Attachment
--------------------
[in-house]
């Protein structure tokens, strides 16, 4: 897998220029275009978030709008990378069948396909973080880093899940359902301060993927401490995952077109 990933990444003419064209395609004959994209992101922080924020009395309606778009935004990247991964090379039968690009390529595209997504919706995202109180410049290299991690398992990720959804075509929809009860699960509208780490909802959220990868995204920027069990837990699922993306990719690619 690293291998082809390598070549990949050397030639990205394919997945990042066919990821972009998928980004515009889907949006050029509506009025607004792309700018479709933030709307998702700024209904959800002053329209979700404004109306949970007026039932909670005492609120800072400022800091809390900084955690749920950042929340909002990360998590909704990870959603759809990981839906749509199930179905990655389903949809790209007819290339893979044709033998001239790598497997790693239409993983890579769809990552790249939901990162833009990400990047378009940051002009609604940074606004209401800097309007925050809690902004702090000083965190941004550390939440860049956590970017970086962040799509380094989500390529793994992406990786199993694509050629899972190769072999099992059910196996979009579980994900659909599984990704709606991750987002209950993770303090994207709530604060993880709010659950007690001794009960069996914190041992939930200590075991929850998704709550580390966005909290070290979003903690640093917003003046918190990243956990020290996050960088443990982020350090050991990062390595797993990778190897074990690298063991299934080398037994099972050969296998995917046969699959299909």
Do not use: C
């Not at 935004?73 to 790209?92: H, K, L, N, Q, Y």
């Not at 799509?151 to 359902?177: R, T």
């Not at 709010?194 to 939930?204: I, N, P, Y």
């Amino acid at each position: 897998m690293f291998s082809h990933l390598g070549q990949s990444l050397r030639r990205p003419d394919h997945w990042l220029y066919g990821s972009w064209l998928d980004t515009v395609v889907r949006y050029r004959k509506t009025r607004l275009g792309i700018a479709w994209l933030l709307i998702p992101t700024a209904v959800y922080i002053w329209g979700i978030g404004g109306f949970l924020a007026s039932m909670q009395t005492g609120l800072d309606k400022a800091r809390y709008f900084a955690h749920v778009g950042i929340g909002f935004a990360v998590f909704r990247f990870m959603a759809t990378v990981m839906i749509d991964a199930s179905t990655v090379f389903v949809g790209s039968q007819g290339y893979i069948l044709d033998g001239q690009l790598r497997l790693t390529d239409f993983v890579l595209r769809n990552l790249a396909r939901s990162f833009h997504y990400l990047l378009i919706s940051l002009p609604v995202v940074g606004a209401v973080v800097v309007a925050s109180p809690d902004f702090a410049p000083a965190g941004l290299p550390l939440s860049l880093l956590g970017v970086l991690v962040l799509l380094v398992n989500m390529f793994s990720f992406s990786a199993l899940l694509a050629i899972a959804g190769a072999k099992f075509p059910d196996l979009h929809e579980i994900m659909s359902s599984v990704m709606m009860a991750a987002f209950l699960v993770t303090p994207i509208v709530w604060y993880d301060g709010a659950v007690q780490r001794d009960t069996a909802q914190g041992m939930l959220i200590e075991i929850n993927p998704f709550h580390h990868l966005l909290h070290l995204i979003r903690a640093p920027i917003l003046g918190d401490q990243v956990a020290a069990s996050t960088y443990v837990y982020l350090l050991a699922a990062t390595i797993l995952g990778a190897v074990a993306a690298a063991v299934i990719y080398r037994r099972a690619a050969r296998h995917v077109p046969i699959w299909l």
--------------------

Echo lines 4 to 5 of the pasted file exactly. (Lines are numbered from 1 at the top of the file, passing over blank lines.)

């Not at 935004?73 to 790209?92: H, K, L, N, Q, Y």
């Not at 799509?151 to 359902?177: R, T």